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The most visited websites do not comply correctly with privacy laws and actively track their users, finds Spanish study
Only a small percentage of the 500 most visited websites in Spain (which include everything from government sites to streaming and adult content platforms) correctly fulfill the requirements set out in the General Data Protection Regulation (GDPR). This is one of the main findings of a study involving researchers from the Universitat Oberta de Catalunya (UOC), the University of Girona and the Center for Cybersecurity Research of Catalonia (CYBERCAT).
The results, which are published in Computers & Security under a Creative Commons license, were reached using novel automated methods for analyzing web-tracking techniques and compliance with internet privacy regulations.
Widespread non-compliance with privacy laws
The European Parliament's approval of the General Data Protection Regulation in 2016 was set to forever change how companies, websites and digital platforms manage users' personal data. The European regulation, which was transposed in Spain as the Organic Law on the Protection of Personal Data and Guarantee of Digital Rights in 2018, was supposed to mark a turning point in the protection of citizens' privacy. However, six years later, the actual implementation of this regulation is progressing at a faltering pace.
The analysis tools also detected the use of nearly 7 tracking cookies on average per website and 11 web beacons, which are small pieces of code embedded in the site to invisibly collect certain types of information from web traffic. In addition, 10% of the sites analyzed in the study use browser fingerprinting techniques, which are also difficult to detect.
According to Pérez-Solà, an expert in web security and privacy, "The purpose of all these techniques is usually to track the online behavior of web users in order to create profiles that can then be used to adjust the advertising that will be shown or the prices that will be offered for services or products." The analysis carried out by the researchers from the UOC (Pérez-Solà and Albert Jové) and the University of Girona (David Martínez and Eusebi Calle) shows that only 8.91% of websites that obtain users' consent as required apply this consent successfully in practice.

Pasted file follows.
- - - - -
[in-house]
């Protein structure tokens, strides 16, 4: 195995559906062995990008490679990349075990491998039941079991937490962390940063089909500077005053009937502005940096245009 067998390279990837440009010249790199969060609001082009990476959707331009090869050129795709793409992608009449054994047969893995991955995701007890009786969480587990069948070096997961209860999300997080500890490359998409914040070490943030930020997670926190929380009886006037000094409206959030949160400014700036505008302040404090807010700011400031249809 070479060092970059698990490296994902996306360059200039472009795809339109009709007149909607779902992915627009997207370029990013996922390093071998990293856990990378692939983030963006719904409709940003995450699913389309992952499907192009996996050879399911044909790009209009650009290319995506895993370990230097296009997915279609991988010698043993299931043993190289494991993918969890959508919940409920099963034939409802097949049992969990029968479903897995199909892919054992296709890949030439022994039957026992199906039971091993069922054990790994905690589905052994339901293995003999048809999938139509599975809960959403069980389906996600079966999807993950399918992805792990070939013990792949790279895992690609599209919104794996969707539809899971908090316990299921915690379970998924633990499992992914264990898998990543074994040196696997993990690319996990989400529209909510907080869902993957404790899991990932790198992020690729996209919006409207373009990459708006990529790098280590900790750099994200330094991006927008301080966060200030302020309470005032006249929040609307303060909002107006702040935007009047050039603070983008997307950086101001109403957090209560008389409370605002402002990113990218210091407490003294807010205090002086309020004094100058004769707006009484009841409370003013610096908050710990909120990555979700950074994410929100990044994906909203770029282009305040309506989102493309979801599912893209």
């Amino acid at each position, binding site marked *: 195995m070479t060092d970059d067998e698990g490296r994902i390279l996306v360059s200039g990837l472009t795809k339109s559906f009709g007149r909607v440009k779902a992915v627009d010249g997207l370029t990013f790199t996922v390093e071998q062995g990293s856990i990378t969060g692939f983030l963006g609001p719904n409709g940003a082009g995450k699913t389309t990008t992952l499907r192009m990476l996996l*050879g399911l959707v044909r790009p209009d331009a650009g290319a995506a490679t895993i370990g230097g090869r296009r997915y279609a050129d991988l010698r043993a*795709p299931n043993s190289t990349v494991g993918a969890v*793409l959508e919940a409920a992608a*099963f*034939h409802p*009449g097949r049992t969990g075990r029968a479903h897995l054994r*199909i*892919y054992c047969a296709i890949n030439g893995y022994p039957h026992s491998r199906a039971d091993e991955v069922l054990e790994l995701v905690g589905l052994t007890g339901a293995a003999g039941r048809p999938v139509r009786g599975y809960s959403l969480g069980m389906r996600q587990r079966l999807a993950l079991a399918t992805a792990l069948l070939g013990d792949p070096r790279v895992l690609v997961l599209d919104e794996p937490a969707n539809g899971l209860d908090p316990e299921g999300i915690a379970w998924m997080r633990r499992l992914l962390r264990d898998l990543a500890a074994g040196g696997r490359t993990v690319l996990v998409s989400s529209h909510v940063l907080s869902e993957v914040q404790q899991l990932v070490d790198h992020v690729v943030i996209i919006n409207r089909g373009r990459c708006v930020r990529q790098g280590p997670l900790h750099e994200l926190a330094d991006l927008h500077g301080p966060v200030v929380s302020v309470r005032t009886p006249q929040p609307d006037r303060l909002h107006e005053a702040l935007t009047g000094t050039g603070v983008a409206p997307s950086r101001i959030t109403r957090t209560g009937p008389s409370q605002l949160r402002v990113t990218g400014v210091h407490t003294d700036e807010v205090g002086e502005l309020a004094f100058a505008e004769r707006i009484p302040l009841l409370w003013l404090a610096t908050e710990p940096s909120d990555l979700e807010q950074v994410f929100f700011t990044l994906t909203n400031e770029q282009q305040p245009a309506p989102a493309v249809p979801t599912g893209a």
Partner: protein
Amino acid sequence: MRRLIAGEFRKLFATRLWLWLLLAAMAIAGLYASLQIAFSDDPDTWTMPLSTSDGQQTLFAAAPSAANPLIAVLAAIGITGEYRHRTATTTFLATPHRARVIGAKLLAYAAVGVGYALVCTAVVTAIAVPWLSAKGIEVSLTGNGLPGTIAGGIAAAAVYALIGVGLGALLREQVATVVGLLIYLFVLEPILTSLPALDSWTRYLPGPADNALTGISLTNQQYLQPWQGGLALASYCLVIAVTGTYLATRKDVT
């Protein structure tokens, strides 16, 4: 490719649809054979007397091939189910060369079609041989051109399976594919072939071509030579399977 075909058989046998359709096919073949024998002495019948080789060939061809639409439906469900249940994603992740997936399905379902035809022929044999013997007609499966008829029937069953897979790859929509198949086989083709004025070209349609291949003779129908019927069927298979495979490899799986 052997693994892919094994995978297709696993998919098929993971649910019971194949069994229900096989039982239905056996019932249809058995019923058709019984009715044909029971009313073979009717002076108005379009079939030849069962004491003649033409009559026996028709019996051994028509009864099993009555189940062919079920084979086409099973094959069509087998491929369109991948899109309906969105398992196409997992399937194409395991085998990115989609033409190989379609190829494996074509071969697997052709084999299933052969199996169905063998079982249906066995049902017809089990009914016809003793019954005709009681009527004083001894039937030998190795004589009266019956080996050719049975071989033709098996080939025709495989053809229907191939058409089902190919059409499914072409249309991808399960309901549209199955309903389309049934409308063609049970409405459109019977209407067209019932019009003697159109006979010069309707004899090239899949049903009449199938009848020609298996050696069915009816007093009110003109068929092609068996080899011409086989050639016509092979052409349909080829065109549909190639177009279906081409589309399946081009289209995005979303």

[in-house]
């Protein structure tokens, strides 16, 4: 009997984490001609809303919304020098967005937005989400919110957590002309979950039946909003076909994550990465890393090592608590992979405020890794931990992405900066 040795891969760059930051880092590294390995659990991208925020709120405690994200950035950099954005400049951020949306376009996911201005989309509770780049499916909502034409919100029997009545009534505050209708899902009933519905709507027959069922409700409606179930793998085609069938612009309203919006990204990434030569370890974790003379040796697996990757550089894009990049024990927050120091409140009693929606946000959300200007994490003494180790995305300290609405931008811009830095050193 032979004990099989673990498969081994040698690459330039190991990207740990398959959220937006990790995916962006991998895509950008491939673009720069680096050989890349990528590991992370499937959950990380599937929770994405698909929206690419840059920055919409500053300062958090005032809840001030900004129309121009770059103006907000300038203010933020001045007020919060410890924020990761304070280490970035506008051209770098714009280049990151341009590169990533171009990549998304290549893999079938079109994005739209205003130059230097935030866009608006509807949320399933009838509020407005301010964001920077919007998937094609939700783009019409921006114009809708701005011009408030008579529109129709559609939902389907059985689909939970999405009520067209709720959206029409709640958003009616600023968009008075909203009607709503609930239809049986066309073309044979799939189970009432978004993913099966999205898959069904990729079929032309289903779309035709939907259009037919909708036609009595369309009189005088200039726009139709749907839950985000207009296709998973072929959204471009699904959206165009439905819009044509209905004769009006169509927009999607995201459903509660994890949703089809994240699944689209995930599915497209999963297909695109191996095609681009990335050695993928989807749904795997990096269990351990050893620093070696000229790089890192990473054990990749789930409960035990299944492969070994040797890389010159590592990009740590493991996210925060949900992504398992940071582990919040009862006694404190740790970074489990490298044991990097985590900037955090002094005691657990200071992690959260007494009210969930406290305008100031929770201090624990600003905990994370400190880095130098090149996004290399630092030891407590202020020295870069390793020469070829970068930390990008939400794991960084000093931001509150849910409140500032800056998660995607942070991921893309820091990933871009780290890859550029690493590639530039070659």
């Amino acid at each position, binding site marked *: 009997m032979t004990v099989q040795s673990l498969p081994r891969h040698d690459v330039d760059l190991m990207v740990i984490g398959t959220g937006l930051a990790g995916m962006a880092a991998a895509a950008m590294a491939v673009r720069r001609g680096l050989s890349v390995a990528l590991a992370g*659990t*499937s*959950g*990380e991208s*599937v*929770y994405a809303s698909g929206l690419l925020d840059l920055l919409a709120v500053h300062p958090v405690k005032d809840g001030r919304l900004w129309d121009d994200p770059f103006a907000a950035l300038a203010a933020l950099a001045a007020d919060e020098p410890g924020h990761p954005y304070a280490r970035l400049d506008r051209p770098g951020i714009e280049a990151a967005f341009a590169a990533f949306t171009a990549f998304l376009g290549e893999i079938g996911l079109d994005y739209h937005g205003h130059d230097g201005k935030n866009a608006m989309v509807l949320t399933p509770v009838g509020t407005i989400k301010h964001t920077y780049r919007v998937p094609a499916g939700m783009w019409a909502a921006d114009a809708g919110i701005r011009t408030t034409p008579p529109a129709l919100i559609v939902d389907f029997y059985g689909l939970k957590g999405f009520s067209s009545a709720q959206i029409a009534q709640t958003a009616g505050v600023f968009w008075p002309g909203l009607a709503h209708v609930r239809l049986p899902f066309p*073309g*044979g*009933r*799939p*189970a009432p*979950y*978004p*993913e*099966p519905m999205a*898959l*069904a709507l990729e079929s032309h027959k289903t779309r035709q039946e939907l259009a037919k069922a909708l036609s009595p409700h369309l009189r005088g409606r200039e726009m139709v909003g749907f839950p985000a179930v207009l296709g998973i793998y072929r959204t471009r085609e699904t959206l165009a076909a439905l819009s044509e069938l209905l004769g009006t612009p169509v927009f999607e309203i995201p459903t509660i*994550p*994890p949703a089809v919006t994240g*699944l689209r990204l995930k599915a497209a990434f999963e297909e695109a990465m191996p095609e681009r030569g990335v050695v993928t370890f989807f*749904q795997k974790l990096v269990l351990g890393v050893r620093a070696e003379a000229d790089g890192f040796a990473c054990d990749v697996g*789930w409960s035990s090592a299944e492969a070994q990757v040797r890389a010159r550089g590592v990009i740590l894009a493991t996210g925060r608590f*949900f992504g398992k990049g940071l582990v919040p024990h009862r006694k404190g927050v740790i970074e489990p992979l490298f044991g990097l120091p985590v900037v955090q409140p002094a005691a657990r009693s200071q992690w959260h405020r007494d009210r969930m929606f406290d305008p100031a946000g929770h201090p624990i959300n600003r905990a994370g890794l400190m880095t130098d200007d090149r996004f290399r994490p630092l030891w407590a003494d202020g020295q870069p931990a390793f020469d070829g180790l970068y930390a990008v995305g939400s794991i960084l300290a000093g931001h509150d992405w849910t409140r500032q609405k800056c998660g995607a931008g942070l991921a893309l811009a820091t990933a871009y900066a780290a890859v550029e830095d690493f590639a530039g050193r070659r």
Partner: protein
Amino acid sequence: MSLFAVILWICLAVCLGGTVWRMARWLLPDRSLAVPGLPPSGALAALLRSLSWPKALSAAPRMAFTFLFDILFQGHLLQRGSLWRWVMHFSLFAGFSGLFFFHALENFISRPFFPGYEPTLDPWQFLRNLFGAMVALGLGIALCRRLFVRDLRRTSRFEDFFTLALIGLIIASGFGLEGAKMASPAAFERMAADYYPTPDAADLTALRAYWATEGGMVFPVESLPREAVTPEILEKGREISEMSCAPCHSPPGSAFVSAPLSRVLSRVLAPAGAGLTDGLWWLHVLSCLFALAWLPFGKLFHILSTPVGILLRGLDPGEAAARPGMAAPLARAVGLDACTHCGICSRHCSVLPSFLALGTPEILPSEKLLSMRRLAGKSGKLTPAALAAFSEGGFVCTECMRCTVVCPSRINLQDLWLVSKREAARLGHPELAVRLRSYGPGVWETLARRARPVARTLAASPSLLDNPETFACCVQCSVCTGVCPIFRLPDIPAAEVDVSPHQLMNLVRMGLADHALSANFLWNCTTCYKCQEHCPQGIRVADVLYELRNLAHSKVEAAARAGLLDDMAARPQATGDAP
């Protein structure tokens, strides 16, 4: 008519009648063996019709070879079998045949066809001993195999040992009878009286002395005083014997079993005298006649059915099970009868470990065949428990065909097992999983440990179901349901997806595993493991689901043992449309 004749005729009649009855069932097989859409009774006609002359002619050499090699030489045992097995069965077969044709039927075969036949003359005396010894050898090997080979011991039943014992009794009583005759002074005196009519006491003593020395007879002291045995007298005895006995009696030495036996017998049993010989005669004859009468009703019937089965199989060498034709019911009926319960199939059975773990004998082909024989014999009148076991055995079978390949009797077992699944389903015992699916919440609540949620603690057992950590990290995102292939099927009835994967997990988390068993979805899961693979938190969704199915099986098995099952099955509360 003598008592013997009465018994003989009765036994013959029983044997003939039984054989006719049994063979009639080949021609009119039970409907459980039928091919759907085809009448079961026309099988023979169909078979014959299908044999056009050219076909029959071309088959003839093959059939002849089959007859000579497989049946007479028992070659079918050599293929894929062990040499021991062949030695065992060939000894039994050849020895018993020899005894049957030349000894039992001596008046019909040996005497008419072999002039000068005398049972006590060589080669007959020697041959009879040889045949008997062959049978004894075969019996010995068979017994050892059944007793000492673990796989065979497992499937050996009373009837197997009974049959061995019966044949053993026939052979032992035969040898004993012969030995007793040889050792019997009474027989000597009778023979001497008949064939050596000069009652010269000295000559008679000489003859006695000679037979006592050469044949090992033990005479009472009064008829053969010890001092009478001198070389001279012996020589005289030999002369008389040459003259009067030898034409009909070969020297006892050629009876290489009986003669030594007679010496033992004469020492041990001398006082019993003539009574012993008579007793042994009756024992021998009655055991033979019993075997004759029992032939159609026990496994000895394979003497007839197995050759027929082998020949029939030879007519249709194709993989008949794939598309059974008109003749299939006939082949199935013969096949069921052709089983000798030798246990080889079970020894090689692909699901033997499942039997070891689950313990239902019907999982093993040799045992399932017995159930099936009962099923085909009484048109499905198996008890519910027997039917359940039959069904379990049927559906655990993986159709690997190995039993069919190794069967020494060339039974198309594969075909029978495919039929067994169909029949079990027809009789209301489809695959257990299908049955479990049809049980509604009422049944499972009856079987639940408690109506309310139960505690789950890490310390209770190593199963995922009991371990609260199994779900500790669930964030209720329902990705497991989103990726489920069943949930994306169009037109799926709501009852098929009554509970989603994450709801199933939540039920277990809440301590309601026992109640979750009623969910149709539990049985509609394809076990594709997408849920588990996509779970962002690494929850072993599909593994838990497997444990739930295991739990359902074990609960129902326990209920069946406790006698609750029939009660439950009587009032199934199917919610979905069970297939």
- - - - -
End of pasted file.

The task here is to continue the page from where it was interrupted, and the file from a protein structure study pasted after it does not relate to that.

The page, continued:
New algorithms to analyze compliance with the GDPR
Beyond the analysis results, the importance of this research lies in the algorithms used to study compliance with online privacy laws. The sheer number of pages and platforms on the internet makes it imperative to automate the process, as studying each case manually would be infeasible.
Additionally, some of the web-tracking techniques used are extremely hard to detect, with no clear markers to indicate their presence. To overcome these challenges, the researchers developed a proprietary method involving four algorithms and a measure—the Websites Level of Confidence—to assess the state of regulatory compliance.
"Our method uses a combination of automation and manual inspection. The implemented algorithms automatically browse the analyzed websites and take screenshots that are then manually inspected," said Pérez-Solà.
- Each of the algorithms used by the researchers has a well-defined function:
- The Consent Inspector Algorithm (CIA) captures clear images of the website's cookie banners and identifies buttons that should allow users to customize the use of these tracking elements.
- The Website Evidence Collector (WEC) gathers information on the different web-tracking techniques being used on each website.
- The Cookies Detector Algorithm (CDA) categorizes the cookies that websites use in the browsers without user consent, based on the data provided by the WEC.
- The Web Beacons Detection Algorithm (BDA) not only extracts web beacons detected by the WEC, but also identifies browser fingerprinting techniques.
"Our study focuses on analyzing compliance with the General Data Protection Regulation by the most visited websites in Spain," Pérez-Solà added. "We selected the 500 most visited websites according to the Alexa ranking and analyzed their use of these web-tracking techniques as well as the information they give to users and the alternative options they provide them with. Finally, we compiled the results of this analysis into a measure, the Websites Level of Confidence, which makes it possible to assess the current state of compliance."
"Understanding the details of the regulations that apply at any given time and knowing how to tell what techniques a website is using are beyond the grasp of most users," she concluded; "Our proposed Websites Level of Confidence (WLoC) measure provides users with insight into the compliance status of the most popular websites and lets them see how it changes over time without the need for legal or technical knowledge."
More information: David Martínez et al, Web-tracking compliance: websites' level of confidence in the use of information-gathering technologies, Computers & Security (2022). DOI: 10.1016/j.cose.2022.102873